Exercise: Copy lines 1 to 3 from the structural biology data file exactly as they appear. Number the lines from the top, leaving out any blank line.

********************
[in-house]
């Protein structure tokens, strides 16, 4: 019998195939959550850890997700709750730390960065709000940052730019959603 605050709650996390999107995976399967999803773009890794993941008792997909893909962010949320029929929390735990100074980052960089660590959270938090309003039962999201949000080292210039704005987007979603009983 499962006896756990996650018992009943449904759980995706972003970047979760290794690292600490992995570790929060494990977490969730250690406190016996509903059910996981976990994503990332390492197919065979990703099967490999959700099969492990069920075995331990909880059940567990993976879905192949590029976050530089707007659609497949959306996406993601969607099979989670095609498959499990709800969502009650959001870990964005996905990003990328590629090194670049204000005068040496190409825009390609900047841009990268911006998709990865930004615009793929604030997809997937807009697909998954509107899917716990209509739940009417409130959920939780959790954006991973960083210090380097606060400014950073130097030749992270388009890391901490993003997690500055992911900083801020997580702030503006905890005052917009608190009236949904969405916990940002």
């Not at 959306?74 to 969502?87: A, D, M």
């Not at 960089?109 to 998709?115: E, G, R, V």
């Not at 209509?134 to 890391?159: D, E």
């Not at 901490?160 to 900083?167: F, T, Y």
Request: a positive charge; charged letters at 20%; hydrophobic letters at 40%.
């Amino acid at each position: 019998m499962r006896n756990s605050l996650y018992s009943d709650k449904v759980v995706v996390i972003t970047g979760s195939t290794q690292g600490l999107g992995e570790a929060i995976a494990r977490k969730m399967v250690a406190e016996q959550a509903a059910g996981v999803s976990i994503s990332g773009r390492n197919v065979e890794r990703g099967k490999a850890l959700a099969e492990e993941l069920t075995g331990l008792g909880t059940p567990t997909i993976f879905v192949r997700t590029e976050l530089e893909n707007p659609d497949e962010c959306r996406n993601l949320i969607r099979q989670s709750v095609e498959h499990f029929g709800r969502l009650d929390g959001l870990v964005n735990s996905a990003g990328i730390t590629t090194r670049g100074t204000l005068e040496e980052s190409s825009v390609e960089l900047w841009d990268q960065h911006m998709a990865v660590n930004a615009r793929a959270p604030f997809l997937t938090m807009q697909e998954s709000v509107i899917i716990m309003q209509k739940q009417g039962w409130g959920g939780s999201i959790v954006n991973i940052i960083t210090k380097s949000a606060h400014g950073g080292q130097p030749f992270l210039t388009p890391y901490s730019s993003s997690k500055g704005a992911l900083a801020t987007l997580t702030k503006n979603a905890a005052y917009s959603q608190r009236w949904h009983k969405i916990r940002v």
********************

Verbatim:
[in-house]
């Protein structure tokens, strides 16, 4: 019998195939959550850890997700709750730390960065709000940052730019959603 605050709650996390999107995976399967999803773009890794993941008792997909893909962010949320029929929390735990100074980052960089660590959270938090309003039962999201949000080292210039704005987007979603009983 499962006896756990996650018992009943449904759980995706972003970047979760290794690292600490992995570790929060494990977490969730250690406190016996509903059910996981976990994503990332390492197919065979990703099967490999959700099969492990069920075995331990909880059940567990993976879905192949590029976050530089707007659609497949959306996406993601969607099979989670095609498959499990709800969502009650959001870990964005996905990003990328590629090194670049204000005068040496190409825009390609900047841009990268911006998709990865930004615009793929604030997809997937807009697909998954509107899917716990209509739940009417409130959920939780959790954006991973960083210090380097606060400014950073130097030749992270388009890391901490993003997690500055992911900083801020997580702030503006905890005052917009608190009236949904969405916990940002």
């Not at 959306?74 to 969502?87: A, D, M």